Puppies are usually very curious, and they may have lots of energy. When someone first brings a new puppy home, the puppy may want to start checking out many things throughout the house. You will be interested in puppy proofing your home to keep your new puppy safe. You will want to make sure there is nothing within his reach that could harm him.
You can consult your veterinarian about all of the specific things that can be done to puppy proof the inside and outside of a house. There are so many great ideas to help keep a new puppy healthy and safe, and to protect him from anything that would be potentially harmful. It may be helpful to try to think about a puppy’s view of a house from what he can see at his eye level.
You may want to keep all breakable items out of your puppy’s reach.
Plants: Some specific plants inside and outside of the house may be potentially harmful to the puppy. Consult your veterinarian for a complete list of plants that are dangerous or toxic to dogs.
Medications can be kept in a very safe area where the puppy definitely cannot reach or cannot access them.
Cleaning supplies can be kept in high cabinets where the puppy cannot reach, or childproof safety latches may be used to safely secure the cabinets.
Wastebaskets may be placed in an area where the puppy definitely cannot get into.
Electrical cords: People who are trying to puppy proof their house can unplug, remove or safely cover any electrical cords that would be around the puppy’s area. Electrical outlets may also be covered when they are not in use.
Bathroom: Toilet lids can be kept down. Bathroom trash cans may be put up high where the puppy cannot reach them.
Laundry baskets and soiled clothing can be kept off the floor and out of reach from the puppy.
Any possible drawstrings or cords used for draperies or blinds in the home may be tied up high enough so the puppy cannot reach them. Take proper safety precautions.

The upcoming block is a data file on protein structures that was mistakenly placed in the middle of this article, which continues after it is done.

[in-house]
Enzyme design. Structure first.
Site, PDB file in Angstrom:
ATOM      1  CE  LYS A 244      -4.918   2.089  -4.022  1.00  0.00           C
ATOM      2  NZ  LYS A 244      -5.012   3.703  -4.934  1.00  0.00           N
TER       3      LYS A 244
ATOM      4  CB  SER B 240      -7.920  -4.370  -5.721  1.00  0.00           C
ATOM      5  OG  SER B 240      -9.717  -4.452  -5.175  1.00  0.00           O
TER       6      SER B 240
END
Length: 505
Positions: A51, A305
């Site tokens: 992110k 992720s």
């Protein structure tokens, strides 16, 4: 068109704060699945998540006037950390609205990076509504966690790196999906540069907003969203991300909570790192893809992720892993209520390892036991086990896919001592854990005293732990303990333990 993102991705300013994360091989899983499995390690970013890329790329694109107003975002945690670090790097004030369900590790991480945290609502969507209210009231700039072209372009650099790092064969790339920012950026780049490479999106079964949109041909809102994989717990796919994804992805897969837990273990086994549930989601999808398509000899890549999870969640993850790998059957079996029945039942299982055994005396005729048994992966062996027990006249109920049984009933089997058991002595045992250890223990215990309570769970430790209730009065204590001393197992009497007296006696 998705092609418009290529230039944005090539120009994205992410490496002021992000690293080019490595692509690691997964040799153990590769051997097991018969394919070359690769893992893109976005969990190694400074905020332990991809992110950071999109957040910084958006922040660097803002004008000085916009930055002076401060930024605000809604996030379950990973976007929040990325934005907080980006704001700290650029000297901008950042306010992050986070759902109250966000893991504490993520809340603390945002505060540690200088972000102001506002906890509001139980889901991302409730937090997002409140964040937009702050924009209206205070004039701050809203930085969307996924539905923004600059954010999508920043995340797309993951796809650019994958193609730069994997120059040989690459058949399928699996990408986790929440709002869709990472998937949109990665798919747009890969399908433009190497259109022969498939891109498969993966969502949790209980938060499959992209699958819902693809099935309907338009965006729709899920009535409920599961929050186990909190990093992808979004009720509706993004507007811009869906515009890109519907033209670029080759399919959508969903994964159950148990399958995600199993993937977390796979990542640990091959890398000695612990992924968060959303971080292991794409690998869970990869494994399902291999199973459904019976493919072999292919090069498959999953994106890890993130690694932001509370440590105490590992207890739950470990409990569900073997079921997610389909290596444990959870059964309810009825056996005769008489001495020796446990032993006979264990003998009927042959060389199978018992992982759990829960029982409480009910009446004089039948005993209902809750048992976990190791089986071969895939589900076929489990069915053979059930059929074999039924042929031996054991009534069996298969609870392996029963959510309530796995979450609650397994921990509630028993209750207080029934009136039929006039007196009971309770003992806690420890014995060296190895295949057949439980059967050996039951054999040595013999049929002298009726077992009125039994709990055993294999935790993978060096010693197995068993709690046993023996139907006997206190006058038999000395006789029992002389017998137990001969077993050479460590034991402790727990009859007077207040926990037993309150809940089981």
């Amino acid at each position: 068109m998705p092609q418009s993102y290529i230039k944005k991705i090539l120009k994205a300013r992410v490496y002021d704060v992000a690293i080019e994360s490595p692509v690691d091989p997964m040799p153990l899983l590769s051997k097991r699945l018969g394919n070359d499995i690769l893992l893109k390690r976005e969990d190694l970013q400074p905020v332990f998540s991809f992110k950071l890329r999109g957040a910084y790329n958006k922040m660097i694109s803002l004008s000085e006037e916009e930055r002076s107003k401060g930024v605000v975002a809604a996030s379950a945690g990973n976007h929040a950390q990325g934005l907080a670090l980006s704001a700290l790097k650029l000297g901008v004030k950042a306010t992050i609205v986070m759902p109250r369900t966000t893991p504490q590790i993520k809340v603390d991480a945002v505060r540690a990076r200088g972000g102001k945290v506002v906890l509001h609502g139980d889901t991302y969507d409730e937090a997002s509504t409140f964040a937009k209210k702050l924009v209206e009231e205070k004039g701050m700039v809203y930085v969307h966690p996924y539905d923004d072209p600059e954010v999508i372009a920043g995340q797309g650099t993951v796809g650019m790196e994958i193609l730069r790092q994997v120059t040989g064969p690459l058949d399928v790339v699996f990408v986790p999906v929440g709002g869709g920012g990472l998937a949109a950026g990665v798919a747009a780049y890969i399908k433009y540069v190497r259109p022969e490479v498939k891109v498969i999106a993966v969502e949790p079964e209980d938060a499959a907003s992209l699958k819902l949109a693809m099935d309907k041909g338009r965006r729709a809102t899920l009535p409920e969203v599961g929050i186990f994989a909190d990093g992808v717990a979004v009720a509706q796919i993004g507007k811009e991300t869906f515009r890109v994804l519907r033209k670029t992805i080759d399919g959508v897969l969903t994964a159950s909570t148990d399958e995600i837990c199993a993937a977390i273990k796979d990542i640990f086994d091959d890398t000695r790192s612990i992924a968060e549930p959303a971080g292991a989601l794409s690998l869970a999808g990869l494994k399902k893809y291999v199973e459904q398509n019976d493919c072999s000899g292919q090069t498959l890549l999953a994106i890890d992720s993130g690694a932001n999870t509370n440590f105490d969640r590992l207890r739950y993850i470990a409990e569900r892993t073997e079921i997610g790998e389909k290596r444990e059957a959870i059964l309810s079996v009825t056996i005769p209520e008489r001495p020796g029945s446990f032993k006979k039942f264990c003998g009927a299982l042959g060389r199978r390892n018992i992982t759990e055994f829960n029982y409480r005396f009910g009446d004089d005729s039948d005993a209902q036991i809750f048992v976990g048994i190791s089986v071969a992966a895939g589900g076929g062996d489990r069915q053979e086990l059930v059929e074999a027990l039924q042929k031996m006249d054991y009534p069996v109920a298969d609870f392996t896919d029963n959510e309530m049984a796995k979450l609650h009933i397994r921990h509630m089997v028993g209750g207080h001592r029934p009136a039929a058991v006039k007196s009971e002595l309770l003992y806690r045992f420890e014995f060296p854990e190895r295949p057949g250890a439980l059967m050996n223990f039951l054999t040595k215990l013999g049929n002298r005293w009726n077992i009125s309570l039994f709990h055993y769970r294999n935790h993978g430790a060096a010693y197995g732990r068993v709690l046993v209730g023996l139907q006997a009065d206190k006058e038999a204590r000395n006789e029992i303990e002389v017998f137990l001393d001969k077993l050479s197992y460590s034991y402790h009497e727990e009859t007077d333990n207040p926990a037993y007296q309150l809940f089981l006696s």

Small objects can be kept out of reach, so the puppy cannot get them. Some examples of small objects are the following:
Many children’s toys have small pieces
Crayons, pens, pencils, rubber bands, paper clips, tacks, staples, erasers
Jewelry, hair barrettes, hair pins, hair curlers, hair accessories
String, ribbons, yarn, thread, knitting supplies
Buttons, needles for sewing, straight pins and safety pins
Coins, tokens, stamps
Safety gates made for dogs may be used across stairs and other areas where the puppy isn’t allowed.
There are certain human foods that can cause problems for pets. Consult your veterinarian for the specific list of human foods that can cause problems or be potentially harmful to your puppy.
It is also very important to make sure the outside of your home is safe. Hopefully, you can puppy proof your backyard before your puppy goes outside. You will want to be with your new puppy when he is outside, so you can supervise him.
If you have any fencing in your yard, you can check to make sure there are no holes through which your puppy could sneak through and run out of the yard. Check to see if all of the gates are securely closed or locked, and that your puppy would not be able to crawl underneath the gate and escape.
Some plants and trees outside may be toxic to dogs. Many bulb plants can also be poisonous. Some mulch can be toxic to dogs. Again, you can ask the veterinarian for a complete list of plants and trees that are dangerous or toxic to dogs. You will want to keep your new puppy off of freshly treated lawns.
Keep all gasoline, antifreeze, auto supplies, insecticides, fertilizers for your lawn, oil, or any paint in securely closed containers out of reach from your puppy.
Swimming pools or hot tubs should be properly covered or fenced off in a safe manner.
For a safety measure, keep your new puppy away from any barbecue grills during outdoor cooking.
Outdoor garbage should be kept in closed containers with secure lids.
It is so important to keep your puppy healthy and safe.